Banner Photo: Orca Ceremony (Credit: Silke Labson)
Spending time in the outdoors not only boosts mental and physical health, but also gives people a sense of connectedness to nature. With that comes a sense of responsibility and motivation to act as guardians for the environment. In Átl’ḵa7tsem/Txwnéwu7ts/Howe Sound, both interest and participation in outdoor learning and citizen science have been increasing in the last decades. Many schools, universities and organizations using the Sound as an outdoor classroom incorporate Traditional Indigenous Knowledge (TIK) into their programs. TIK enhances participants’ understanding and appreciation of traditional teachings and cultural practices. However, more can be done and continued efforts to incorporate TIK should be prioritized moving forward. Citizen scientists are some of the greatest educators in the Sound. They foster a passion and love for the environment, and readily share that enthusiasm with others during outdoor learning experiences. Citizen science groups are also pivotal in gathering information about species and habitats to address knowledge gaps that government agencies are unable to resource. The dedication of the many passionate community volunteers continues to support actions that improve ecosystems throughout Átl’ḵa7tsem/Txwnéwu7ts/Howe Sound. Outdoor learning and citizen science initiatives in the Sound will continue to be very important in protecting the environment, especially in the face of climate change. Put simply, increasing outdoor learning and citizen science opportunities fosters the next generation of environmental guardians.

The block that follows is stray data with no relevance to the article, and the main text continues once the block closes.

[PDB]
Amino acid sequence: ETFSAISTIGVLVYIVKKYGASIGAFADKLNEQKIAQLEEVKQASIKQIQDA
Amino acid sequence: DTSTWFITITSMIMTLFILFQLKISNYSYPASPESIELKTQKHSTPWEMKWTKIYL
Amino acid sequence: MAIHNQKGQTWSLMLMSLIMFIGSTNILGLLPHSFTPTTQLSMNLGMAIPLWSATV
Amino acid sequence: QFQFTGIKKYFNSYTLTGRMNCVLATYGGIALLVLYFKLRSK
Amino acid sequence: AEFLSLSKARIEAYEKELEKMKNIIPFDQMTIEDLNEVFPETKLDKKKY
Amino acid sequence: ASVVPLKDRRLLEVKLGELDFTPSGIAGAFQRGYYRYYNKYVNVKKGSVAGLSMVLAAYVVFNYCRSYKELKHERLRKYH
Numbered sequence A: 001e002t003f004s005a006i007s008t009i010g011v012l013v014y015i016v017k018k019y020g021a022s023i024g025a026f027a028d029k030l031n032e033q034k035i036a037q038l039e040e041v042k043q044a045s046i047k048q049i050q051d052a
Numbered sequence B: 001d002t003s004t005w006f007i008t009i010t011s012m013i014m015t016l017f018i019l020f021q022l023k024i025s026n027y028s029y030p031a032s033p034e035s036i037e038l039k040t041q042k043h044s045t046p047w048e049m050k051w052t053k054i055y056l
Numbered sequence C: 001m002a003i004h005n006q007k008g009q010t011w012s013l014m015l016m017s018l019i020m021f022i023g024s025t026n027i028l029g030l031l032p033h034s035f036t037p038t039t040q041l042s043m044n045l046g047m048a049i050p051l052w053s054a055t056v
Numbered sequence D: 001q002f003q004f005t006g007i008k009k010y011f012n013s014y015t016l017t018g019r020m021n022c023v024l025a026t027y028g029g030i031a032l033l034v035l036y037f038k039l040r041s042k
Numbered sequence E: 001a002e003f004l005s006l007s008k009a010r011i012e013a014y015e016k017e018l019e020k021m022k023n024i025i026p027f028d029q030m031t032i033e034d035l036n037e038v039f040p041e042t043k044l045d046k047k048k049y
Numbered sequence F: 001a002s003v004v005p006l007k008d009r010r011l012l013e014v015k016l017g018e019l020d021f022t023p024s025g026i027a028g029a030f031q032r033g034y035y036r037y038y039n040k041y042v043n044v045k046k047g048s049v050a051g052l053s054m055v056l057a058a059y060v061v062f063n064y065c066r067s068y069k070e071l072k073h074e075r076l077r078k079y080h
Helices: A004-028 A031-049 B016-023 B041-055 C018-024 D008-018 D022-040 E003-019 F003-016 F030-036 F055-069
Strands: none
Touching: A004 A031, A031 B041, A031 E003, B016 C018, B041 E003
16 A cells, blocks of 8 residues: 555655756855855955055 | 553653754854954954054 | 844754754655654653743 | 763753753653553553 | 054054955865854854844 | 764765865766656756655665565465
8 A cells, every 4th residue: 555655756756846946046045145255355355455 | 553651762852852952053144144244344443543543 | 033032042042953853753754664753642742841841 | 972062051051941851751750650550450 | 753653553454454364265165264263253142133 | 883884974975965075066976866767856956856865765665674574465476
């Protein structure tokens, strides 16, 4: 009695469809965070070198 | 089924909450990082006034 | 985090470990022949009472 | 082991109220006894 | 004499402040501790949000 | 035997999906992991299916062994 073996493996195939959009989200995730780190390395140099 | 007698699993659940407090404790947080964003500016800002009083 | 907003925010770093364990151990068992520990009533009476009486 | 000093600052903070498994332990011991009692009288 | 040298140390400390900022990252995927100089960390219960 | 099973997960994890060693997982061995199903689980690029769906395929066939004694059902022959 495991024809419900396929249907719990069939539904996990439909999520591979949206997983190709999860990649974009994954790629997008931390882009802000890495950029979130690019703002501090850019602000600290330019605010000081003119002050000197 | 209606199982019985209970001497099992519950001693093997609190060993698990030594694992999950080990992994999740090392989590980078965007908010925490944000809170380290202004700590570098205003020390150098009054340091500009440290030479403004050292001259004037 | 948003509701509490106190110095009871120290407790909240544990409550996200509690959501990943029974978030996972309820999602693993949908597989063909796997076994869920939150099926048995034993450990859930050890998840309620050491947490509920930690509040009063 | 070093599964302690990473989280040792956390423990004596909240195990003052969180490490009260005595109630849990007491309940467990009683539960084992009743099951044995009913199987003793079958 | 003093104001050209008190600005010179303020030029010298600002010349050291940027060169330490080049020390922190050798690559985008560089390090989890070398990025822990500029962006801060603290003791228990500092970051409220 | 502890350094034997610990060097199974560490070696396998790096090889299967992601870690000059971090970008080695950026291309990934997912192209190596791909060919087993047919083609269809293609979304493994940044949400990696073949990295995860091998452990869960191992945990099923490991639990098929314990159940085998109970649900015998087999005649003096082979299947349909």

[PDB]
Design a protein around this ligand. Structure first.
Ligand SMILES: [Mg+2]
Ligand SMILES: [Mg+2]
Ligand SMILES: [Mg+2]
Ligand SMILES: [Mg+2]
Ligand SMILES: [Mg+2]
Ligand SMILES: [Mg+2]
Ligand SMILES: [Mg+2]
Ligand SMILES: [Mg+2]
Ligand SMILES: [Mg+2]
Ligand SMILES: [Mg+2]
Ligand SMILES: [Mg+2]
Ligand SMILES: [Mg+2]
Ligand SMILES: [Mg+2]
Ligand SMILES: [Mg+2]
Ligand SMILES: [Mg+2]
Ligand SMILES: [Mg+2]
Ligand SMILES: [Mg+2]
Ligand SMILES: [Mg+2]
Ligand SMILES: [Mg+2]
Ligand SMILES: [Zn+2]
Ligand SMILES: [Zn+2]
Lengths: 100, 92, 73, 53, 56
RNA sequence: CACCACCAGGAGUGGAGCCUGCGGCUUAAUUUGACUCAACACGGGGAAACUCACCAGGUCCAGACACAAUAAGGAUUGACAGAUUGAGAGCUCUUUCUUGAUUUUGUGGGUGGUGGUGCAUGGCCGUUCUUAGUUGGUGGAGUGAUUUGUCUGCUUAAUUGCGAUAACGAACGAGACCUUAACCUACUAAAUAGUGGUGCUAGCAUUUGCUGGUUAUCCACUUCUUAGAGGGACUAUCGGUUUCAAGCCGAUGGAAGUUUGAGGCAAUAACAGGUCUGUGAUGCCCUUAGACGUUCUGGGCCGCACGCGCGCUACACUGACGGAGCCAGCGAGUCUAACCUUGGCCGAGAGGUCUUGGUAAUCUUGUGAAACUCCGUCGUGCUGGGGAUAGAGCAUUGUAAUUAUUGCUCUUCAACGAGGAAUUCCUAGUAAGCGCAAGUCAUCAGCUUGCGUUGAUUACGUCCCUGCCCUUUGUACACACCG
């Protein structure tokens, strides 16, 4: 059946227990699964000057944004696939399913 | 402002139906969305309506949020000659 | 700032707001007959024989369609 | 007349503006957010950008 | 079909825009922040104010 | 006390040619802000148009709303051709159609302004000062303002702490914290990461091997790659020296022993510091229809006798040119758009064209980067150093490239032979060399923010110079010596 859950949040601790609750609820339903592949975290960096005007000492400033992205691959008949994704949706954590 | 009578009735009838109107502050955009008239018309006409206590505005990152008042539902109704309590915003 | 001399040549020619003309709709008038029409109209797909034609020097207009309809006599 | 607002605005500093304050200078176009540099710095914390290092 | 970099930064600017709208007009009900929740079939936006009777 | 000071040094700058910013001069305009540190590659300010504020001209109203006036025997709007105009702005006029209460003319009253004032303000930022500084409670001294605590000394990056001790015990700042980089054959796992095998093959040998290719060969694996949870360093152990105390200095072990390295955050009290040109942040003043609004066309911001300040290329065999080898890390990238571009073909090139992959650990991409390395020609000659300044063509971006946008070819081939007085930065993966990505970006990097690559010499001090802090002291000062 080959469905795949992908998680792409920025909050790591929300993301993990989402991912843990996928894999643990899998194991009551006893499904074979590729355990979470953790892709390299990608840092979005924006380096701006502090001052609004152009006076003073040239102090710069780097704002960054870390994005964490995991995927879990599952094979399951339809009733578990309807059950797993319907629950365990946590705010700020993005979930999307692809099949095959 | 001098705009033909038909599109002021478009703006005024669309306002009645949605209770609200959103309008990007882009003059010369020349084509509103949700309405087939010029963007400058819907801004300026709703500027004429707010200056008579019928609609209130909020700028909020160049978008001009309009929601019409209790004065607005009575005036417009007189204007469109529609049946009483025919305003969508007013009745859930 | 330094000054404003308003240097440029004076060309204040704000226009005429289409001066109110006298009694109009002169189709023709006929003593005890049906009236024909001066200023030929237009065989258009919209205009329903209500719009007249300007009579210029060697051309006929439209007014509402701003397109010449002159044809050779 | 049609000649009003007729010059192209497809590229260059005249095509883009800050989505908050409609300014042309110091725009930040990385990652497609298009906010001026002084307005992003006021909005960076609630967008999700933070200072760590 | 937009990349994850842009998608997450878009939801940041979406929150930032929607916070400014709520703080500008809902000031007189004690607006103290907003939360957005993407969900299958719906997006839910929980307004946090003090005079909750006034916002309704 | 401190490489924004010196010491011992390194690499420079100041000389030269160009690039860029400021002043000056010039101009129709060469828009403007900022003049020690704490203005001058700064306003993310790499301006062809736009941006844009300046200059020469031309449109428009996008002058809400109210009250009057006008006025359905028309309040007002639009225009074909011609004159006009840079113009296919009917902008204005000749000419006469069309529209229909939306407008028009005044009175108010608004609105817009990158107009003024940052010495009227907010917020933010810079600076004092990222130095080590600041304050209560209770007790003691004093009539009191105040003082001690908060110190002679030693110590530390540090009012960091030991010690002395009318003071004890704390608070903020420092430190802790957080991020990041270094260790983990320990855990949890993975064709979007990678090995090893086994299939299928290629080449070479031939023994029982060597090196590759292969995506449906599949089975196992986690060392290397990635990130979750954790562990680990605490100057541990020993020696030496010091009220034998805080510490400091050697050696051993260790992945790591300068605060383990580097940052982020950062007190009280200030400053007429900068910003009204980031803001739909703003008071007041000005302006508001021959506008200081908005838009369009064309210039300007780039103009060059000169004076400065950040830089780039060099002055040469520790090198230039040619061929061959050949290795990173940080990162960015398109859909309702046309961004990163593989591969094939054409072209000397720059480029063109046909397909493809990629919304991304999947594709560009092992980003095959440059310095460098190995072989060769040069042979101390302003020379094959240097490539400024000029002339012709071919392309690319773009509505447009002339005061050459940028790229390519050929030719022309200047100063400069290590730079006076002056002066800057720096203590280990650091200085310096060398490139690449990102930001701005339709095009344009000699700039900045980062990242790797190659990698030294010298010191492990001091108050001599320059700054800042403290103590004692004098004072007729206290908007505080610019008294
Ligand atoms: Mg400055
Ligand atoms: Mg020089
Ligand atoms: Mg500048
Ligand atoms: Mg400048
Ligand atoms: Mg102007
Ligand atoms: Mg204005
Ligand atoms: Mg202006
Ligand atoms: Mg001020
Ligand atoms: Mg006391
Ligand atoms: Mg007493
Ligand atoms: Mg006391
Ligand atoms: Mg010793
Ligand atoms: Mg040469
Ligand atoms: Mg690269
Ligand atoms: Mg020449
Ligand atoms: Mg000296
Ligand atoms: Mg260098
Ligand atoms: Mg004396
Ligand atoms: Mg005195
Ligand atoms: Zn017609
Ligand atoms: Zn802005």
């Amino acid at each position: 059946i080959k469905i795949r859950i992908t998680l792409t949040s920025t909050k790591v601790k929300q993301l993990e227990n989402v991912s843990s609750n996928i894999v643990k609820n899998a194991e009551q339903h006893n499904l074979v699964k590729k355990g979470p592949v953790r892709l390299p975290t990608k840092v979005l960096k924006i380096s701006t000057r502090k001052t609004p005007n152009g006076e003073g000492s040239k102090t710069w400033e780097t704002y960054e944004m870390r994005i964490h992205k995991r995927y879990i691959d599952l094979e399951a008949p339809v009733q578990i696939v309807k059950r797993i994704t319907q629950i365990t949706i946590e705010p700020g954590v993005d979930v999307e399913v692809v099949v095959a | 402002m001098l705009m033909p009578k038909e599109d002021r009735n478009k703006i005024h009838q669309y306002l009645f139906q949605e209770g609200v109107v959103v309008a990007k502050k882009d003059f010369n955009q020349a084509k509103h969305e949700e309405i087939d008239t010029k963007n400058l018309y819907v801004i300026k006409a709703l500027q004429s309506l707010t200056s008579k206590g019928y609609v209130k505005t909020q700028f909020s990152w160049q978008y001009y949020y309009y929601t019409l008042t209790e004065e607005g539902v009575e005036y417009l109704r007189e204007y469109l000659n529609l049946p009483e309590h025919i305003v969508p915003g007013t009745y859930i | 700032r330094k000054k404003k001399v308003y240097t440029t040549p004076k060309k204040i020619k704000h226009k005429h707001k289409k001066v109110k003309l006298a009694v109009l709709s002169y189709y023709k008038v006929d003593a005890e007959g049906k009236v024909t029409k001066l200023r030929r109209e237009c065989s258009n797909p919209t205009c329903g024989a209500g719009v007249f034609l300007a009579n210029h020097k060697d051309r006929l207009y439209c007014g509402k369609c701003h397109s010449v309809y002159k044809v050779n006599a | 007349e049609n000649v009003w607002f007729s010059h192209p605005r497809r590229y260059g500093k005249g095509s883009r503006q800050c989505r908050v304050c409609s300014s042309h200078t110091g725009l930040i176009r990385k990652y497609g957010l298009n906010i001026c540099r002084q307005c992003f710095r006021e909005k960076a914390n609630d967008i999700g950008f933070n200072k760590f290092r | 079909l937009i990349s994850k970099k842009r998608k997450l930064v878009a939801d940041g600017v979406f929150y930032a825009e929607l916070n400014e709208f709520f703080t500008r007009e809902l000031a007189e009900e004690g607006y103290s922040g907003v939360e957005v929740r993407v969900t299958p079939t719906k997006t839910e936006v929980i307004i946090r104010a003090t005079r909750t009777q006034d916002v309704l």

(NB: An update for Cultural Continuity was not available at the time of release. If an update becomes available, it will be added to our website).
Ocean Watch Rating Legend
Ratings are meant to provide the reader with a visual snapshot summary about the subject. Subject ratings were assigned based on application of the criteria to the information in each article.
1) The status is healthy according to available data, 2) the trend is positive if known, 3) some data are available, and/or 4) actions to address or mitigate are well underway and are known to be effective. Actions should be taken to maintain positive status and/or trend.
Status, trend, data, and/or actions provide contradictory or inconclusive information. Actions are needed to move into positive status and trend and avoid negative status and trend.
1) Impacts or issues are high risk or have resulted in a low or vulnerable status, 2) improvements are uncertain, minor, or slow, and/or 3) actions to address or mitigate are non-existent, vague, or have low effectiveness. Actions are needed to move into positive status and trend.
Not rated due to the nature of the article, or there are not enough data to produce an assessment.
Sense of Place Ratings
Article & 2020 Rating Rationale
There are a large number of citizen science activities in the Sound.
There are a large number of outdoor educational organizations and opportunities in the Sound, with an increasing emphasis on traditional knowledge.